The RUC’s poor record of recruiting Catholic officers had “nothing to do with institutionalised prejudice”, according to the British Justice Minister Michael Gove.
The Conservative MP, in a 2000 paper for a Tory think-tank, blamed politicians such as John Hume and the targeting of Catholic officers by the IRA for the RUC’s poor record of recruiting Catholics.
Gove, who has been appointed Justice Minister in David Cameron’s new cabinet, outlined strong views on Northern Ireland and the peace-process in a paper for the Centre for Policy Studies in 2000.
His paper, which was highly critical of the Northern Ireland Peace Process, won the Charles Douglas-Home Prize.
In it, he criticised Nobel Peace Prize winner John Hume’s failure to encourage Catholics to join the ranks of the Royal Ulster Constabulary.
He wrote: “It is true that the RUC has encountered problems in recruiting Catholic officers. But the reason for that is nothing to do with institutionalised prejudice and almost everything to do with the IRA policy of targeting Catholic RUC officers as ‘traitors’ and the refusal of moderate nationalist politicians such as John Hume to encourage their constituents to join the RUC.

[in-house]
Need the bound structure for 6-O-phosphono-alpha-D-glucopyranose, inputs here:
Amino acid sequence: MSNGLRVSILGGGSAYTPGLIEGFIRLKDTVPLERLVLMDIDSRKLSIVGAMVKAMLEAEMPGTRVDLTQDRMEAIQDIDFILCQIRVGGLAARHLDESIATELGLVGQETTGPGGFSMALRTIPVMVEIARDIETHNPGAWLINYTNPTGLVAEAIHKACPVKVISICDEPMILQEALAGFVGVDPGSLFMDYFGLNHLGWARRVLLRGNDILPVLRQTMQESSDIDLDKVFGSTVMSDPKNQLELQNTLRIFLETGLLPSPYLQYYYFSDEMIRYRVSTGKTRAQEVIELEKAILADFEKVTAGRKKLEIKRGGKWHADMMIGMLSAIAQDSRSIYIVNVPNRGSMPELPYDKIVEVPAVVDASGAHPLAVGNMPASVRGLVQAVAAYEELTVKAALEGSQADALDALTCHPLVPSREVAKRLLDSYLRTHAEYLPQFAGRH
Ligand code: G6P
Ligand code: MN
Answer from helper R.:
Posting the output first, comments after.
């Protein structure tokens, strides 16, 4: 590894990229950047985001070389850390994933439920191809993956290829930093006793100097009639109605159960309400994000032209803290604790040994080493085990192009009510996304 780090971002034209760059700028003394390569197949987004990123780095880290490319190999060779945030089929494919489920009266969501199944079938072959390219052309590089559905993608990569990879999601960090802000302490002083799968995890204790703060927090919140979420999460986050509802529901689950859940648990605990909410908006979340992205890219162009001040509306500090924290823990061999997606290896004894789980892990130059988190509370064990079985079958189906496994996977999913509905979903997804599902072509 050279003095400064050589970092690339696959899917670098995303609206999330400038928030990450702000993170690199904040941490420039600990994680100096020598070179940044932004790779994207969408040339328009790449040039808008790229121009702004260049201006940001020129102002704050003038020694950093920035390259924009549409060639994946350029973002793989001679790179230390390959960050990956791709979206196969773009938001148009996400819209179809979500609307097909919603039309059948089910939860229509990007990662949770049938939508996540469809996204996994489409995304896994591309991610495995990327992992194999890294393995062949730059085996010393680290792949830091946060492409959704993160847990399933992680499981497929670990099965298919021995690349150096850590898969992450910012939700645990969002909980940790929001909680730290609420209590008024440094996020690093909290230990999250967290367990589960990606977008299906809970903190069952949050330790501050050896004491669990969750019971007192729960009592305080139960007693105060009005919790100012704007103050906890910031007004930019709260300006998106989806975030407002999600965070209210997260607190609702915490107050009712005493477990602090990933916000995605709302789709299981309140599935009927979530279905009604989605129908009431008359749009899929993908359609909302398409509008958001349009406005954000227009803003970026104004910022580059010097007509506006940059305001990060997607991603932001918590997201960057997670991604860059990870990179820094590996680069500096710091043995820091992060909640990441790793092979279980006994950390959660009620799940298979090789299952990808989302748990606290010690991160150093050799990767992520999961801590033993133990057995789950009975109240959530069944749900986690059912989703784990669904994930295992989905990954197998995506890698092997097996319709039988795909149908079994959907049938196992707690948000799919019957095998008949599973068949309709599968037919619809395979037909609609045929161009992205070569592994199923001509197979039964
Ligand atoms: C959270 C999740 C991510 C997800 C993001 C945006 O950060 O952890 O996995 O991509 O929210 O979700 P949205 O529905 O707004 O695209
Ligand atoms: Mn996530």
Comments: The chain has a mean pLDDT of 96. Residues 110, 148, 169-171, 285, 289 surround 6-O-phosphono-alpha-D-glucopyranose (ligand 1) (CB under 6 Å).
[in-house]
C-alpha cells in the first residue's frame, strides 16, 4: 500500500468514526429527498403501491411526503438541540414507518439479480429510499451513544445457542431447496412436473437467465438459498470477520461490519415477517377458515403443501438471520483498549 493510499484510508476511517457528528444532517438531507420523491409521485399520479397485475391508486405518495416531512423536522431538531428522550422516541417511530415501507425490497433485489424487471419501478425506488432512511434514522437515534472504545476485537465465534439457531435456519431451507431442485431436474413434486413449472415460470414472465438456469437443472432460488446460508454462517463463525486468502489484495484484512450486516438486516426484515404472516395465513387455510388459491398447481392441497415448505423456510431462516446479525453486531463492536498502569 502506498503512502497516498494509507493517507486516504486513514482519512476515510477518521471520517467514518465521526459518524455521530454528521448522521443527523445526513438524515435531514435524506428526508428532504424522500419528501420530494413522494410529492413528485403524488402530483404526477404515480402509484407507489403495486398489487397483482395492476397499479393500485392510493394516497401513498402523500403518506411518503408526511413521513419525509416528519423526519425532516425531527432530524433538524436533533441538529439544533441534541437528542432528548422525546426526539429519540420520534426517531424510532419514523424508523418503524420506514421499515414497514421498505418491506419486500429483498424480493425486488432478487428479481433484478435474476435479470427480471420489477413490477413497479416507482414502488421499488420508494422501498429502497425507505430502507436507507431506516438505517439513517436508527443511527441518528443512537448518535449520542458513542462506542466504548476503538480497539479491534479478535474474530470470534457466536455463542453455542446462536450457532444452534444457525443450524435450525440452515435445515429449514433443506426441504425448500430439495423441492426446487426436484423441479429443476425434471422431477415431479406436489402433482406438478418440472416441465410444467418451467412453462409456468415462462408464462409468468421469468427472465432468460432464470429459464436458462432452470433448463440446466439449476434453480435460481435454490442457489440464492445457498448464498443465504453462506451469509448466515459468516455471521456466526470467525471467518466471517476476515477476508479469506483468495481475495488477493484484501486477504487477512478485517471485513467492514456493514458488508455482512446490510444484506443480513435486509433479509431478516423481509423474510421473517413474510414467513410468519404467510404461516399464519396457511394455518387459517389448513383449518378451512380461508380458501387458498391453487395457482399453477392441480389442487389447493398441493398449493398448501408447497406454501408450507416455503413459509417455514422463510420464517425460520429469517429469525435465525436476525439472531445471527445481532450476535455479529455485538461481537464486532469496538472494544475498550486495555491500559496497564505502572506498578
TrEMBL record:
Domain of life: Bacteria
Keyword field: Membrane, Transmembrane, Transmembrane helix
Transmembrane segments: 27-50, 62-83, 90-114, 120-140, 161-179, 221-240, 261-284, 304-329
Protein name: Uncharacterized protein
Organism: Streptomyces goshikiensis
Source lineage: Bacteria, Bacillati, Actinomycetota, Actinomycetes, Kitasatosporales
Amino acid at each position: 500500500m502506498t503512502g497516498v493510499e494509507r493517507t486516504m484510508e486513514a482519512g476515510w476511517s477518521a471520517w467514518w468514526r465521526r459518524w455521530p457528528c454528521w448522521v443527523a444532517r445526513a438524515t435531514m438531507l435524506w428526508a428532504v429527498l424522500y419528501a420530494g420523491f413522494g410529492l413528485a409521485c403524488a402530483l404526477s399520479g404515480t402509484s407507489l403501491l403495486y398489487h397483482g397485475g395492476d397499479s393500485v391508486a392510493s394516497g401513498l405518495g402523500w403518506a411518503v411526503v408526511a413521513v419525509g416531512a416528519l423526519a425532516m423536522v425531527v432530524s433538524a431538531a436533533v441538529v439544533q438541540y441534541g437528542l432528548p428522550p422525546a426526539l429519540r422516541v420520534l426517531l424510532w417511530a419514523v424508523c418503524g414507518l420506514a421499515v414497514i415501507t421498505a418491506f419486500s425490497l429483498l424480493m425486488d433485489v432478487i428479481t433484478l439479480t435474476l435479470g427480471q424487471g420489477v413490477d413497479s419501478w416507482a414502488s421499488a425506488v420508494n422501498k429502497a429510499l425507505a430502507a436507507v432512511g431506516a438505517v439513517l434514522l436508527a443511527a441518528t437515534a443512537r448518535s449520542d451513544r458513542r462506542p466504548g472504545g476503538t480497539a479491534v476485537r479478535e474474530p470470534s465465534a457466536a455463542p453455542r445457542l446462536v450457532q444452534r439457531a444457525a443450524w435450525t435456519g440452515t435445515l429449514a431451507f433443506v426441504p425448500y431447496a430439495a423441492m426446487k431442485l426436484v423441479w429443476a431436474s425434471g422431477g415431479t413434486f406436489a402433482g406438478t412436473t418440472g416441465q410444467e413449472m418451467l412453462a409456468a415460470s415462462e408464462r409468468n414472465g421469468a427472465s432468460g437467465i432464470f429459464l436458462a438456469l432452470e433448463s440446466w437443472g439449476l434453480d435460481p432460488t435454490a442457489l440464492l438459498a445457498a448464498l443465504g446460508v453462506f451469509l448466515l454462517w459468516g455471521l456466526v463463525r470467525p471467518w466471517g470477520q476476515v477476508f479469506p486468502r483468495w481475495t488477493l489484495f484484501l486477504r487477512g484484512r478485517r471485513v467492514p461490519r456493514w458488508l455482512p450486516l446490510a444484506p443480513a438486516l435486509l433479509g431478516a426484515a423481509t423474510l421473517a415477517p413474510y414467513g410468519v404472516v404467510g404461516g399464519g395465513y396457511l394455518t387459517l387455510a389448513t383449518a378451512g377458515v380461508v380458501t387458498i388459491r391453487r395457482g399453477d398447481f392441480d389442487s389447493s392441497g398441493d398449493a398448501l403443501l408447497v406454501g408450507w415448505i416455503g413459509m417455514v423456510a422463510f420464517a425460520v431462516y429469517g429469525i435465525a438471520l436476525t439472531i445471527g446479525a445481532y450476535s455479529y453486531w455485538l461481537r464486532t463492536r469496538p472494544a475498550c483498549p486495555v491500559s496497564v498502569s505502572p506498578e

“It is notable that the level of Catholic applications to join the RUC rose sharply following the IRA cessation of violence.”
Gove’s paper, ‘The Price of Peace - an analysis of British policy in Northern Ireland’, called for a harder line on the peace process than that taken by the UK at the time under Tony Blair.
He argued that the system at Stormont, which remains in place today, of designating parties as nationalist or unionists leads to entrenched sectarianism and inhibits the development of parties on the left or right.
He also argued that the lack of an opposition at Stormont enforces a coalition at Stormont that may have “potentially harmful effects on democracy”.
In his conclusion, Mr Gove writes: “Ulster’s future lies, ultimately, either as a Province of the United Kingdom or a united Ireland. Attempts to fudge or finesse that truth only create an ambiguity which those who profit by violence will seek to exploit.
“Therefore, the best guarantee for stability is the assertion by the Westminster Government that it will defend, with all vigour, the right of the democratic majority in Northern Ireland to remain in the United Kingdom.
“Ulster could then be governed with an Assembly elected on the same basis as Wales, and an administration constituted in the same way.
“Minority rights should be protected by the same legal apparatus which exists across the UK.”